Of all the “-isms” and phobias that plague our society, ageism may be the most pervasive and least discussed. In 2019, the University of Michigan National Poll on Healthy Aging found that four in five adults aged 50 to 80 had experienced one or more forms of everyday ageism.
What counts as everyday ageism? Some respondents flagged exposure to ageist messaging, like TV commercials touting some miracle “cure” for wrinkles or graying hair. Others reported being the butt of ageist jokes, such as when an ordinary moment of forgetfulness is classified as a “senior moment.”
To combat ageism, we first need to understand that it touches everyone—not just older adults. “Society as a whole is affected by ageism,” says Melissa Blackstone, ConnectedLiving Director at The Village at Rockville–A National Lutheran Community. “This prejudice causes everyone to want to look and be ‘young.’ There is nothing wrong with ageing, but when society paints it in a negative light, it becomes something people fear.”
The good news is that most respondents in the University of Michigan poll agreed with Melissa’s point that ageing should be a positive experience. Almost nine in ten said they felt more comfortable being themselves, while four in five had a stronger sense of purpose. Furthermore, older adults with positive views on ageing experienced less ageism and had better physical and mental health than their less optimistic peers.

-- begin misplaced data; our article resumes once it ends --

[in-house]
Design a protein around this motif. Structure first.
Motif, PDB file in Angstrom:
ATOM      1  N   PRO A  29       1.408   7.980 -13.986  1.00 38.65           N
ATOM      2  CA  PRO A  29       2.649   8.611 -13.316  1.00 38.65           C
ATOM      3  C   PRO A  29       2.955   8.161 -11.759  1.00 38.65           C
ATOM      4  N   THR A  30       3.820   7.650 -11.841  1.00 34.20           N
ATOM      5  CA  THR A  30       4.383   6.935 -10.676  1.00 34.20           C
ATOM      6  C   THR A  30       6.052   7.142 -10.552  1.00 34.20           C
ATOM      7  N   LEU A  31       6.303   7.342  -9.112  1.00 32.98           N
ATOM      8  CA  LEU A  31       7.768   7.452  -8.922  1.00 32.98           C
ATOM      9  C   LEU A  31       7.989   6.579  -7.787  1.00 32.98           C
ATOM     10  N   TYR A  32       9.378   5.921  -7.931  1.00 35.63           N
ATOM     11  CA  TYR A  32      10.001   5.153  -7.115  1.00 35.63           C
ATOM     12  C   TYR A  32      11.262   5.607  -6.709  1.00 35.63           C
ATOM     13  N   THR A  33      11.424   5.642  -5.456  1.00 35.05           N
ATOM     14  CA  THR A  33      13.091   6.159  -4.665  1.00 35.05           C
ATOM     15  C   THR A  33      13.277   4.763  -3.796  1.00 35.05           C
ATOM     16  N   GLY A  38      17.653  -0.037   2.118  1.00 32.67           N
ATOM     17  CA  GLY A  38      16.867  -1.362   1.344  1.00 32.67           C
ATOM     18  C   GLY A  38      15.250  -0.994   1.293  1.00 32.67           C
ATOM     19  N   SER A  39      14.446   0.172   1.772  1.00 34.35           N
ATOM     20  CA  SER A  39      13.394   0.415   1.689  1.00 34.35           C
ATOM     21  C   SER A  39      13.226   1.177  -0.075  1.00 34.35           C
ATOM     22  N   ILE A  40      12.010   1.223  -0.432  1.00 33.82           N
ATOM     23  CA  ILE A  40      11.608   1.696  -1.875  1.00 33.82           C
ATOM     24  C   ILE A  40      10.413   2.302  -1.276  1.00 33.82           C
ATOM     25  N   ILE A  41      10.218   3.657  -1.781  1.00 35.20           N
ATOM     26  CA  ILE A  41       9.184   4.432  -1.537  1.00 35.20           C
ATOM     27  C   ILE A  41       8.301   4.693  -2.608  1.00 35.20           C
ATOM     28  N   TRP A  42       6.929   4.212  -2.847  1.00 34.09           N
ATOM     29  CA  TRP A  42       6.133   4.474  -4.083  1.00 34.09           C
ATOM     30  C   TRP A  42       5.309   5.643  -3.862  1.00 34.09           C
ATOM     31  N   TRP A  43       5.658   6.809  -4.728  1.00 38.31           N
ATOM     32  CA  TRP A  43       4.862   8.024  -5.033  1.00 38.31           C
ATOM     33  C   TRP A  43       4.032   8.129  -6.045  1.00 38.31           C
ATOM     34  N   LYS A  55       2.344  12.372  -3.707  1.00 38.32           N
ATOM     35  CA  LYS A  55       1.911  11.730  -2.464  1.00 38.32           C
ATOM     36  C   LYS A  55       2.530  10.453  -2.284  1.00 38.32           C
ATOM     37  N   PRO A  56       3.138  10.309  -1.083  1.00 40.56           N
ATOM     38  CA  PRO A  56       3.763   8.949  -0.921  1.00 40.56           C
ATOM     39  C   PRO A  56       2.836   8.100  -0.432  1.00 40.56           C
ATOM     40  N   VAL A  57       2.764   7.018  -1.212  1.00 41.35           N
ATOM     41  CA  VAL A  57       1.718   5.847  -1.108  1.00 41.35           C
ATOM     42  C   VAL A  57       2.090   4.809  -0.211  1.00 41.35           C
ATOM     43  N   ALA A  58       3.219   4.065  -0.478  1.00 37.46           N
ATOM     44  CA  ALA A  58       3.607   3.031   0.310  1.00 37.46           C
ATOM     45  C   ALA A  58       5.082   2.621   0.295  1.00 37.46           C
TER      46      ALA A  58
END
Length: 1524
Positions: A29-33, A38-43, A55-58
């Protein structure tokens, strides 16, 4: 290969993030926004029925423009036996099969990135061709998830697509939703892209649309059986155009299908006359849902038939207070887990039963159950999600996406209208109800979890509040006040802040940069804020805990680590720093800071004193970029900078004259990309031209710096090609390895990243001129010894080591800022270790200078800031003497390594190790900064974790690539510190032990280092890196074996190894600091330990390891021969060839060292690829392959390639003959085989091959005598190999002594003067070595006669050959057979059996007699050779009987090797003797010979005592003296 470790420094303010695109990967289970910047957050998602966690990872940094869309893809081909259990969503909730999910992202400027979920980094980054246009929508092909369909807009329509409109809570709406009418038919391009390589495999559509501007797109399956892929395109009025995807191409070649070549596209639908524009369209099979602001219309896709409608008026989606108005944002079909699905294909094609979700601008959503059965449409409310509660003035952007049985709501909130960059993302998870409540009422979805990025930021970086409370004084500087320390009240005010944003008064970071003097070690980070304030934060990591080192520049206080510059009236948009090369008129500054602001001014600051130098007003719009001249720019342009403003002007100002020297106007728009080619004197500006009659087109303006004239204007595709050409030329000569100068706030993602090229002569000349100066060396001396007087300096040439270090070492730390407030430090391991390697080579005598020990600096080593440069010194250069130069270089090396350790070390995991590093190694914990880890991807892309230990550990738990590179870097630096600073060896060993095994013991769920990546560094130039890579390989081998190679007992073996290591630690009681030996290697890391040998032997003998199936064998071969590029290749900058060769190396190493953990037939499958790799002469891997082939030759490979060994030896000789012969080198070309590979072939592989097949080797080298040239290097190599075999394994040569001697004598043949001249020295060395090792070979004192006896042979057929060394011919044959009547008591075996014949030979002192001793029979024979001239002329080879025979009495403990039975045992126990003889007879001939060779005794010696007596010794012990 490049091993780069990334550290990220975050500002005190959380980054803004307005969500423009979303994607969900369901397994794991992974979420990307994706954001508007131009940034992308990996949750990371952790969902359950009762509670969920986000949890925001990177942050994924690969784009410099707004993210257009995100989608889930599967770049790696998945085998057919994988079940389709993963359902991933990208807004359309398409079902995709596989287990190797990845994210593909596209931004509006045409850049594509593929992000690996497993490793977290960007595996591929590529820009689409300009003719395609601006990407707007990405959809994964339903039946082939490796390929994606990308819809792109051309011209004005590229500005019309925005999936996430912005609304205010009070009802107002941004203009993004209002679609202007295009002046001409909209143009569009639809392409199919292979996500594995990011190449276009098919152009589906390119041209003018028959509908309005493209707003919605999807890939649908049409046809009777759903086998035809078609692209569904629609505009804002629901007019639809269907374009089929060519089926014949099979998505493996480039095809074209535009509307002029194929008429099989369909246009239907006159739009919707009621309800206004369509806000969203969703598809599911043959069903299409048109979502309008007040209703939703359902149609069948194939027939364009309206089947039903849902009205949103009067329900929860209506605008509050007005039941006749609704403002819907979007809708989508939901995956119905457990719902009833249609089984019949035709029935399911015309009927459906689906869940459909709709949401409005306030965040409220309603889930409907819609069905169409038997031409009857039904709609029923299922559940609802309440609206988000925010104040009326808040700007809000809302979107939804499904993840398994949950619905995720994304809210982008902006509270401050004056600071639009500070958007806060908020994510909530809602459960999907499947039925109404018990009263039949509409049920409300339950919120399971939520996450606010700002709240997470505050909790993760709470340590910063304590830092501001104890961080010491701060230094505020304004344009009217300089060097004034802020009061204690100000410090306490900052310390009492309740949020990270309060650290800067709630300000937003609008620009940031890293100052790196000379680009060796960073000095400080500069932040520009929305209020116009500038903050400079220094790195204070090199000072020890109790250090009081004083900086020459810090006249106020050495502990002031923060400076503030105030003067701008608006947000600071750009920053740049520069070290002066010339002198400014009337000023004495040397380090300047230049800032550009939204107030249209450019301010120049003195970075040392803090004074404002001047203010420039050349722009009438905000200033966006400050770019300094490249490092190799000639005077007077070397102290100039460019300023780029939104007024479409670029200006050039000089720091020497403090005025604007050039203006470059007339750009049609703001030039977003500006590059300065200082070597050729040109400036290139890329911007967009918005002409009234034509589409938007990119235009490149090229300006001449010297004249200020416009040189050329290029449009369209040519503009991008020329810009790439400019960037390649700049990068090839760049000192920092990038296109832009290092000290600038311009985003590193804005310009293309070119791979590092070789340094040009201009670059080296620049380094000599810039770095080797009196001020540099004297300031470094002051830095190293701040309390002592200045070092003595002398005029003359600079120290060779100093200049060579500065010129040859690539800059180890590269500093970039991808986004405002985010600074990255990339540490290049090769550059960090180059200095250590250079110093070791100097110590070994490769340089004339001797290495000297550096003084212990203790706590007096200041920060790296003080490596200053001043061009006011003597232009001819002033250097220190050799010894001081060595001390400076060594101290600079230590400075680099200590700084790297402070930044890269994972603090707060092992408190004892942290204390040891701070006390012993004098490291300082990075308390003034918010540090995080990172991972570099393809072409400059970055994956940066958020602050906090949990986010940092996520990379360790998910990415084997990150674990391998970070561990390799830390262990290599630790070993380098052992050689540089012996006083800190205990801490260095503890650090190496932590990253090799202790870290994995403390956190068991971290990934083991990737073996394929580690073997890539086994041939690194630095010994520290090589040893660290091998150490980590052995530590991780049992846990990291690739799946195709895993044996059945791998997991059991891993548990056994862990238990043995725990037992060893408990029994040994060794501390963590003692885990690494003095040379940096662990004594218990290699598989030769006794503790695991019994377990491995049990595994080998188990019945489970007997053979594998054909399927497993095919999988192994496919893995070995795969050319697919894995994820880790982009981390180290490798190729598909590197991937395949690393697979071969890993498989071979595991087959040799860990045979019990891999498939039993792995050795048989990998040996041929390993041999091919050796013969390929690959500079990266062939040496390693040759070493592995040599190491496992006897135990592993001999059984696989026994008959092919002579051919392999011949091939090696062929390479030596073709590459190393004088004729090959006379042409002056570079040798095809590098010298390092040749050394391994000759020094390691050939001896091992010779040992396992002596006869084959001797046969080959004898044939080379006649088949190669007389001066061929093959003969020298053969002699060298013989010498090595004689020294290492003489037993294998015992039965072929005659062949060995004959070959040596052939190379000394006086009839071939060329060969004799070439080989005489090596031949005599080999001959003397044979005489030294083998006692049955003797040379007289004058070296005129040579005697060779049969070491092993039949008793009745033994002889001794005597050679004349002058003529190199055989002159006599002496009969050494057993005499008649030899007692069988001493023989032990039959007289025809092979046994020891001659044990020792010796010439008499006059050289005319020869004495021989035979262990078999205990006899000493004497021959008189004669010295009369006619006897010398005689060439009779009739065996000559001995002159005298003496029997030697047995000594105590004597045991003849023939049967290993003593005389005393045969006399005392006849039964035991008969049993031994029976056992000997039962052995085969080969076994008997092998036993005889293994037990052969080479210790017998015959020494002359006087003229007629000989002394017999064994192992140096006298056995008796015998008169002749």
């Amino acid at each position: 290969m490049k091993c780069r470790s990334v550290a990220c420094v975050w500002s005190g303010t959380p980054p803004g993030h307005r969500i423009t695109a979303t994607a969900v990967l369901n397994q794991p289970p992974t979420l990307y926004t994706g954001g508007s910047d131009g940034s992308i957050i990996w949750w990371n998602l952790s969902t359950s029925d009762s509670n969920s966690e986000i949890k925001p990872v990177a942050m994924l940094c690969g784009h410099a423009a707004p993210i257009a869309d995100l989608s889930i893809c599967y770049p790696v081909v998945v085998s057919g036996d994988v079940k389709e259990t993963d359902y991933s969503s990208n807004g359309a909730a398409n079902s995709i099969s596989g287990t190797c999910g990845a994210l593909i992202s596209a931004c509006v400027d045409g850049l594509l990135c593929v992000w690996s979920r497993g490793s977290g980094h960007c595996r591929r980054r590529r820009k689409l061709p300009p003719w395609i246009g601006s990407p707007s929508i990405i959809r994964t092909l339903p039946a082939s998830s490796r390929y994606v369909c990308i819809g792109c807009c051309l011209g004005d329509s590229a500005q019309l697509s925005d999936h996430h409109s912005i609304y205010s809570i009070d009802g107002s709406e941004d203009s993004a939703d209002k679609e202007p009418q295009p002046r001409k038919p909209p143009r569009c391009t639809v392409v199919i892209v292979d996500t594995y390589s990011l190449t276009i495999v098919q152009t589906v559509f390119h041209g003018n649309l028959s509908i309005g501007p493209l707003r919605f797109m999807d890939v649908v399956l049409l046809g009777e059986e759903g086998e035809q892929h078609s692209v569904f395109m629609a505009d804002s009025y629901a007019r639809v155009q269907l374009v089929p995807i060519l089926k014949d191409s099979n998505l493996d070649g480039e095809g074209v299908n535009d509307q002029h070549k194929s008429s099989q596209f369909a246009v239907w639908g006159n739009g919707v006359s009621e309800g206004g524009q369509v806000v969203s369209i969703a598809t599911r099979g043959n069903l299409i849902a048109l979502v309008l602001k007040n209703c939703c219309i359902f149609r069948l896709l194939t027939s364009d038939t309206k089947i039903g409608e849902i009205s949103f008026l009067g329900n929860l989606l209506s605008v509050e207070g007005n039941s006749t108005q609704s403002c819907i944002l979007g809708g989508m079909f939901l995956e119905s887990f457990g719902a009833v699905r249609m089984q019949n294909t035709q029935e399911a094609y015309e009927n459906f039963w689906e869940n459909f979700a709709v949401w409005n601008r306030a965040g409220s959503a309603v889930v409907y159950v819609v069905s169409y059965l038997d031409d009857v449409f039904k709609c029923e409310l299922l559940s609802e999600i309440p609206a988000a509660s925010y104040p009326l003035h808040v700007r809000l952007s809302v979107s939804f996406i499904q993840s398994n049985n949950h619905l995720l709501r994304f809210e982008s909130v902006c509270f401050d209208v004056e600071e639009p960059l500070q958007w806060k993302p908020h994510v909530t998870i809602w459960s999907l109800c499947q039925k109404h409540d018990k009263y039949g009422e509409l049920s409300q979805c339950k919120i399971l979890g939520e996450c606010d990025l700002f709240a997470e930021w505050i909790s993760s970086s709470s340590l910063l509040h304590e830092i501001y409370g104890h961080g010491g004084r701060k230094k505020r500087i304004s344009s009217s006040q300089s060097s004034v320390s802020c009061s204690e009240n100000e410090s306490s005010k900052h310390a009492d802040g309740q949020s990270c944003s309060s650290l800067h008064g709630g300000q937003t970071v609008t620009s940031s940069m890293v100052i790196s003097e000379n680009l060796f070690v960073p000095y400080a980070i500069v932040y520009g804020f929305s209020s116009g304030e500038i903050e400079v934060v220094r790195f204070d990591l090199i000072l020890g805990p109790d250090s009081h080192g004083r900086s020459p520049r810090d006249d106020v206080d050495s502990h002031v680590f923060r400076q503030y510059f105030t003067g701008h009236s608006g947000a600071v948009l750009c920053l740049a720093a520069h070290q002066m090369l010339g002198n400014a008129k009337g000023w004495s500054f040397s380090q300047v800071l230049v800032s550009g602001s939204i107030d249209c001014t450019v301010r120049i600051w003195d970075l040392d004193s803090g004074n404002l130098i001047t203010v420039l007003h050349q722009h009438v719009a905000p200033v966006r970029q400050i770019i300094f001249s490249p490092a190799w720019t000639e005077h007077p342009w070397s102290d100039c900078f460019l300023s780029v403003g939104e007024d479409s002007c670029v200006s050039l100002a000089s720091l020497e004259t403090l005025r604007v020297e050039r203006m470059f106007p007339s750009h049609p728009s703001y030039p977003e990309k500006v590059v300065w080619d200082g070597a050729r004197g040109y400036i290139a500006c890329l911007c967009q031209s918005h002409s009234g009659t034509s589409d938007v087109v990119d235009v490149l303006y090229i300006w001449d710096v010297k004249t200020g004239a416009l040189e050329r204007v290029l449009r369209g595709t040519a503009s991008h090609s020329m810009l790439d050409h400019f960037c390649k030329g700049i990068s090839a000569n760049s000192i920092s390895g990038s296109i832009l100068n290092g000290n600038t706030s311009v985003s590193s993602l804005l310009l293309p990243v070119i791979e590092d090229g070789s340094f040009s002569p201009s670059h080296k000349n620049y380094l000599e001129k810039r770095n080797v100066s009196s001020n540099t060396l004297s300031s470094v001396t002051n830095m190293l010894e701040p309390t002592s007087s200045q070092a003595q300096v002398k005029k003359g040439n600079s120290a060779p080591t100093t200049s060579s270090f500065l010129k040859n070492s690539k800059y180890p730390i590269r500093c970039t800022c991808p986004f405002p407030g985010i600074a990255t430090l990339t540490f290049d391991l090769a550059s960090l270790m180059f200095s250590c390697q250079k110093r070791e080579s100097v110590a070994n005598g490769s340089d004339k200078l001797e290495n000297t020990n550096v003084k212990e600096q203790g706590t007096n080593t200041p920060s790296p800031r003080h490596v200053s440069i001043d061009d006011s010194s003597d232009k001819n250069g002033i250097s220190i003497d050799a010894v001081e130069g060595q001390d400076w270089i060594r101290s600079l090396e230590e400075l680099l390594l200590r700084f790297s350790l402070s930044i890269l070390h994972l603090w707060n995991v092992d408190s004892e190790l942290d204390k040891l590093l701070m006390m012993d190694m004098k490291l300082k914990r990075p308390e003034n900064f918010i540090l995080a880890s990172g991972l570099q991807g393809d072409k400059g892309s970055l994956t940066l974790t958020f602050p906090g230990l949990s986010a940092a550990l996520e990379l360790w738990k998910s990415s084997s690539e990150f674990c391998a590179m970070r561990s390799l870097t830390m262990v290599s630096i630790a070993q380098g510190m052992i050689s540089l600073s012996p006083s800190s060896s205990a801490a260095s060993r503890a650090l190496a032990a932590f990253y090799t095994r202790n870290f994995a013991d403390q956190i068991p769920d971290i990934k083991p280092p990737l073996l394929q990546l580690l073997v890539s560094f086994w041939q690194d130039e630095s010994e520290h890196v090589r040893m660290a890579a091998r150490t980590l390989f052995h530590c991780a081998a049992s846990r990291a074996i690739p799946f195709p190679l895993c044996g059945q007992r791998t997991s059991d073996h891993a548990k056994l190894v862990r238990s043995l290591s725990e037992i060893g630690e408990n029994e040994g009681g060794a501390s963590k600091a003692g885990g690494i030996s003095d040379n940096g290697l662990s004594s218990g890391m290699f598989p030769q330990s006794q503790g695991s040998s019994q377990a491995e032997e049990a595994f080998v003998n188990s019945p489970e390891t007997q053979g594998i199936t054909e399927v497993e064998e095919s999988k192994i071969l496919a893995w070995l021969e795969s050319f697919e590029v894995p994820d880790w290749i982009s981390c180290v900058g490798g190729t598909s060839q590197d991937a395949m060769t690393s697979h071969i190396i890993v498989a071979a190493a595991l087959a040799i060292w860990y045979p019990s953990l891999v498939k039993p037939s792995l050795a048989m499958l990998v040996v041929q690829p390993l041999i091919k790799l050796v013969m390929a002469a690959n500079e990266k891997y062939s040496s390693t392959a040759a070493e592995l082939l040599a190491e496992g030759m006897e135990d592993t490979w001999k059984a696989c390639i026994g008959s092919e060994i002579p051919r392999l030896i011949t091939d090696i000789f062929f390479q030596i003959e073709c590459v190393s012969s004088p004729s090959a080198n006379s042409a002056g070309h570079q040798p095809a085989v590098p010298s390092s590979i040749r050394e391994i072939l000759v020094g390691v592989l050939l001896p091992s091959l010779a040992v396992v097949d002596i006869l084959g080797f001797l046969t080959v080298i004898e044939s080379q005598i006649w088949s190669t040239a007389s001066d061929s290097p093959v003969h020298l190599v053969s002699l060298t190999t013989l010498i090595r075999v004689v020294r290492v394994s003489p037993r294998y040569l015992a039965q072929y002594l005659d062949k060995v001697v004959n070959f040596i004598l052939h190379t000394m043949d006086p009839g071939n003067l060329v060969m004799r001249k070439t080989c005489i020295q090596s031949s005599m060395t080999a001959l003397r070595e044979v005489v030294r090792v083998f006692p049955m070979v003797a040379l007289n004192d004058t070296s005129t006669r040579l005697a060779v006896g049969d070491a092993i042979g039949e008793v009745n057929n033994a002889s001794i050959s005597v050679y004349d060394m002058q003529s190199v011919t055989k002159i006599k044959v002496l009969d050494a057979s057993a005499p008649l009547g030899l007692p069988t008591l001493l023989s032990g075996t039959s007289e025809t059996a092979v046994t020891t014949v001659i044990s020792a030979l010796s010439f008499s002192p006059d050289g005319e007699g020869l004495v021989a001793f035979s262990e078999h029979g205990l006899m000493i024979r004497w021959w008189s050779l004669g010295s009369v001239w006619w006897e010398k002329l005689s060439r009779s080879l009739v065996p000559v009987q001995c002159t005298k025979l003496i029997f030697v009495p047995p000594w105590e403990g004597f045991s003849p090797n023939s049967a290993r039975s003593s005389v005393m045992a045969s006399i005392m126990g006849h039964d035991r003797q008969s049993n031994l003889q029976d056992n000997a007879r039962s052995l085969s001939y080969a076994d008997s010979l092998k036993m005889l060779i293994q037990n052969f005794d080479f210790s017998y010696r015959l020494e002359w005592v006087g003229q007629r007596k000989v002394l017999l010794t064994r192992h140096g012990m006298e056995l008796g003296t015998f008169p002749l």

These results should give us hope. When older adults are supported in their life choices and allowed to grow, they feel happier, healthier and more fulfilled. Younger people interacting with these seniors are more likely to feel positive about ageing and less likely to harbor ageist sentiments. Everyone is better off.
At the Village at Providence Point–A National Lutheran Community (planned for opening in 2024), we will do everything in our power to promote this virtuous circle. Residents can expect programs ranging across all seven dimensions of wellness — social, physical, intellectual, emotional, spiritual, environmental and vocational. Activities will include everything from environmental outings to courses led by specialists in photography, art, fitness, theater and other stimulating topics.
Empowered by these opportunities, our residents can make a mockery of the negative stereotypes that feed into ageism — that older adults are “set in their ways,” for example, or uncomfortable around modern technology. As Melissa puts it, “People come to communities like ours to thrive and to live their lives in the best way possible. In partnership with our residents, we will provide experiences that support personal choice, lifelong learning and an increased sense of well-being.”